I’ve been disappointed by Sheibani’s work at the NT before – Our Class, Greenland, Damned for Despair – and I’m beginning to wonder why he warrants such prominence in the NT programming. I think I will have to shall steer clear in future because I’m not sure I can stomach such misguided directorial arrogance which Is common at the opera (where they don’t really care what dead composers intended) but less so at the theatre. The mute applause last night suggested I’m not alone.

You have been warned!

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Perhaps this should be called ‘Waiting for Ronnie’, as we spend almost three hours doing so. Not a lot happens and, until the last few minutes, it seems to be a ‘slice of life’ play, but in the end Arnold Wesker makes his points. Along the way, though, it’s a masterclass in staging and acting.

Beatie is the youngest of the Bryant’s four daughters. They are Norfolk farm labourers, struggling to make a living but happy with their lot. Beatie returns home from London with her fancy ways and fancy ideas for a two-week holiday. Her socialist boyfriend of three years, Ronnie, with whom she is besotted, will follow, to meet the family for the first time. She spends the first couple of days with sister Jenny and her husband Jimmy, before arriving at her parents home where in Act Three they all assemble (apart from sister Susan, who has fallen out with her mother) for tea with Ronnie.

It’s beautifully staged by James Macdonald on an evocative 50’s set of two kitchens and a parlour by Hildegard Bechtler. It’s full of meaningful pauses, but not in a menacing Pinteresqe way! There isn’t a weak link in the casting, with the ladies shining most. It revolves around Jessica Raine’s Beatie and she invests her with passion and naivety in equal measure. Linda Bassett is simply marvellous as Mrs Bryant, resigned to her lot but still restless. Sisters Jenny and Pearl are beautifully played by Lisa Ellis and Emma Stansfield.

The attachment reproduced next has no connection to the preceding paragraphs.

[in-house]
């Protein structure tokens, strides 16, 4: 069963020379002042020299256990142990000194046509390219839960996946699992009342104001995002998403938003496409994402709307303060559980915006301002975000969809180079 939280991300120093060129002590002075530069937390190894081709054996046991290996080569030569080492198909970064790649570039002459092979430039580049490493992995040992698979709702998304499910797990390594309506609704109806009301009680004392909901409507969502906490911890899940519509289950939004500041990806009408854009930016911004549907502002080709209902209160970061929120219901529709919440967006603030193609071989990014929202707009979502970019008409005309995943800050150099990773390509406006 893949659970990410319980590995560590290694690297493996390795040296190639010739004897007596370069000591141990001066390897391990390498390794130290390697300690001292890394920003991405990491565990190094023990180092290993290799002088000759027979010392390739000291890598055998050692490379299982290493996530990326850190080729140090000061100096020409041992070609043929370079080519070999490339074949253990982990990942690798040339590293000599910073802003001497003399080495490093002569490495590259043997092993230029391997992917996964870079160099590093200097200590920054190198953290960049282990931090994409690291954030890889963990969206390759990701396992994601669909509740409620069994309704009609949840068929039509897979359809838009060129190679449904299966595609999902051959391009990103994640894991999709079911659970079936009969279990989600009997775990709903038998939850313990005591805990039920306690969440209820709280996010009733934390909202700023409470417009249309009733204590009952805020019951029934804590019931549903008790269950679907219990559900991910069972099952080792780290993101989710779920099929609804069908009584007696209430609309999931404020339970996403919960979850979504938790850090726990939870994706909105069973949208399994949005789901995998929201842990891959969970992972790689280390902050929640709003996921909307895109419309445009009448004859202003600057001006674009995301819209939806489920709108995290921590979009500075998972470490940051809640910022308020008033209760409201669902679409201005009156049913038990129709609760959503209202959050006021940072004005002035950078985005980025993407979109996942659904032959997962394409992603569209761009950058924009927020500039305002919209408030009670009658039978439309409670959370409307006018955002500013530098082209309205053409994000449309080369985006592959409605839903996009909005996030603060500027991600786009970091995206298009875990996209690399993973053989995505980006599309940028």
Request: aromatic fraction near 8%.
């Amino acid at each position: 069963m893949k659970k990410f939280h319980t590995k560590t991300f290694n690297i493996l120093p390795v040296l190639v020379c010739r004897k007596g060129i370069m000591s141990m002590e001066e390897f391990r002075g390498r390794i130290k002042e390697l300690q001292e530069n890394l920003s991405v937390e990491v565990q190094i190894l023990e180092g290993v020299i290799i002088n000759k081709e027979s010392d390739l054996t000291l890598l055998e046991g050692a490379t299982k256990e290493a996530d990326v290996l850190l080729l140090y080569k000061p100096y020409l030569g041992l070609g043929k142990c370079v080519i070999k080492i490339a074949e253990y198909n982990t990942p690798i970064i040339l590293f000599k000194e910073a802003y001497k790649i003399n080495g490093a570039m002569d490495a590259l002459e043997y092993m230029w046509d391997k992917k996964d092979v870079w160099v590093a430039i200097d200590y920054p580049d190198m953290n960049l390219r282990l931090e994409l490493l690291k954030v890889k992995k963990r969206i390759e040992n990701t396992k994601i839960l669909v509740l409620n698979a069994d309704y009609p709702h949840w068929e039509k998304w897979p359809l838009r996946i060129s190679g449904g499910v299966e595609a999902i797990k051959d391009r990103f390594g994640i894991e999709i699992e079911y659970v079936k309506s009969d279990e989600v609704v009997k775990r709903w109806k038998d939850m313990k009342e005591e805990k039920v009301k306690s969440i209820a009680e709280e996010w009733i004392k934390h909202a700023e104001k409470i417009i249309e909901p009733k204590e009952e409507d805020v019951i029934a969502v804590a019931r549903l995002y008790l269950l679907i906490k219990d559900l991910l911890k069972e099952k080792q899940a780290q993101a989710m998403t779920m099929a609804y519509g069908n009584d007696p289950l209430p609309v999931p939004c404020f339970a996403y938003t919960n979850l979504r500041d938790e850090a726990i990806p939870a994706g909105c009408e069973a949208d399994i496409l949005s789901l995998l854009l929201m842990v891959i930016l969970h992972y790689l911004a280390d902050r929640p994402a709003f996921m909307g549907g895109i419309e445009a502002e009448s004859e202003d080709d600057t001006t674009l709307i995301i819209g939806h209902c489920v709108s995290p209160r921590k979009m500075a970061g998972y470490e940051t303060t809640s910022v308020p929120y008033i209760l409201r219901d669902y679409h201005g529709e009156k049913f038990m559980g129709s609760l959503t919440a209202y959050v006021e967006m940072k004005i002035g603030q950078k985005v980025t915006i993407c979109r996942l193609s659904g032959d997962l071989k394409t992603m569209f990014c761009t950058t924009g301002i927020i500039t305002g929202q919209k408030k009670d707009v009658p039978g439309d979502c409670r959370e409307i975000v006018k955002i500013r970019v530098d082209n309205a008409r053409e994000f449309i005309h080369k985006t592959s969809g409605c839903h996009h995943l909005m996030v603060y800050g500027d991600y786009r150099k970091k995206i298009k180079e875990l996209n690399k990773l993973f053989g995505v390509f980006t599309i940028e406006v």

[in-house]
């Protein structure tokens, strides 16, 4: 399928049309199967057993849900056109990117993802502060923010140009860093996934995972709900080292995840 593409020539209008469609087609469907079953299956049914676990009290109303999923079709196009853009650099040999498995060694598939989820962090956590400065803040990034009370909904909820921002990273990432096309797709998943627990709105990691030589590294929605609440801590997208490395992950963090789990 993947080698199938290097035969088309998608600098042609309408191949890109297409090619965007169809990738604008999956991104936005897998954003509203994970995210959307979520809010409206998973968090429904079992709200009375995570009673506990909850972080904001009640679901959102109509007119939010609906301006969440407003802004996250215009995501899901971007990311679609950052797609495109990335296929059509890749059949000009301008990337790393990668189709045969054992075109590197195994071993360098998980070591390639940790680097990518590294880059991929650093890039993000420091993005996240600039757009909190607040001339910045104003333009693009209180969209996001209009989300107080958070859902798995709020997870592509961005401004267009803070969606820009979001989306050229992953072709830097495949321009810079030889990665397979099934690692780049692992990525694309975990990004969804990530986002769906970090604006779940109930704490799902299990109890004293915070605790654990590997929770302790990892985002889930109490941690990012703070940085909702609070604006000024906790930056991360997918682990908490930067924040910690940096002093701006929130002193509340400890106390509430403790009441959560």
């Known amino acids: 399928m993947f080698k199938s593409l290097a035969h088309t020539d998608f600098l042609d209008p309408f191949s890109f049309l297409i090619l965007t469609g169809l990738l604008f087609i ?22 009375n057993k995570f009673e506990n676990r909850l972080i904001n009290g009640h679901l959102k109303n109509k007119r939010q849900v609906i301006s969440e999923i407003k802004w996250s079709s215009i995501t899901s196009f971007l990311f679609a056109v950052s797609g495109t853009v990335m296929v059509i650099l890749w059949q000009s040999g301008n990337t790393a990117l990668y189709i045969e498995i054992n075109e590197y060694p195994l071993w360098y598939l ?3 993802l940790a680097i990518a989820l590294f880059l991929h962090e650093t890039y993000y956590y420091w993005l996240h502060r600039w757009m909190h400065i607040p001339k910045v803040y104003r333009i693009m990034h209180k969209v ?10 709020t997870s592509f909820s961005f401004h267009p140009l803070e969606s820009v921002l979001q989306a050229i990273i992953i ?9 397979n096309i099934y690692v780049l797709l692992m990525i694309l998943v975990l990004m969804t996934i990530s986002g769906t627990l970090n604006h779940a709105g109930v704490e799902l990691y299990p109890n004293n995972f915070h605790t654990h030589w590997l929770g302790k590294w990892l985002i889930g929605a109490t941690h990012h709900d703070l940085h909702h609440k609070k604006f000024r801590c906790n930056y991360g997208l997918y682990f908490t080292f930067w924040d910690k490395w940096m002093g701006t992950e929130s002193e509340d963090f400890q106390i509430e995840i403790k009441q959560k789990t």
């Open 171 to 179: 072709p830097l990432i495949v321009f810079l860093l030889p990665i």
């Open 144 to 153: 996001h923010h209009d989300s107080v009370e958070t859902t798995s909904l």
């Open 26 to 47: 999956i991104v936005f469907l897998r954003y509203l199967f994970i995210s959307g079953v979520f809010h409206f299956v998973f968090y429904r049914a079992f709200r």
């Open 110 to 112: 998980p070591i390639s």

At the conclusion Beatie proves she is her own woman, emerging from the influence of Ronnie with a passionate speech of hope and hopelessness. The play doesn’t go very far, but I enjoyed the ride greatly.

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Pinero’s 1898 play is about the theatre and theatre folk at a time of transition from the mannered to the naturalistic. Though I saw the 1994 NT production, I can hardly remember it. I suspect it will now return to my mental theatrical archive even more quickly.

The play opens as her fellow (presumably Sadler’s Wells) actors bid farewell to Rose Trelawny, who is giving up theatre for a life with new love Arthur Gower, initially living with his grandfather Sir William Gower and his Great Aunt Trafalgar(!) in Cavendish Square. She misses the theatre and her theatre friends so much, she escapes and returns to the theatre, despite her love for Arthur. Sadly, her pining gets in the way of her acting and she’s soon confined to bit parts and then sacked. Fellow actors Tom (sometime playwright) and Imogen (aspiring theatre manager) plot to reunite the lovers by opening up a disused theatre to stage Tom’s play starring both of the lovers.

Director Joe Wright has got himself a fine design (Hildegard Bechtler) and a fine company. For some reason, he then decides it’s really a panto, as a result of which there’s more ham than in a fully stocked pork butcher. To make matters worse, the style varies between characters / actors and through the play. Some get away with it most of the time (Ron Cook cleverly doubling as Sir William and theatrical digs landlady Mrs Mossop), some get away with it some of the time (Daniel Mays as camp actor Ferdinand), some get away with it in one of their roles (Jamie Beamish as Ablett, but not as O’Dwyer) and some don’t get away with it at all ( Aimee-Ffion Edwards as Avonia).

Clearly, the play would have meant more in its day, but it’s difficult to see the point of reviving it (yet again at Josie Rourke’s Donmar). If you’re going to, though, why bury the context of a theatre in transition in an eton mess of acting styles? A misfire for Wright’s high-profile theatrical debut and again for this (former?) powerhouse.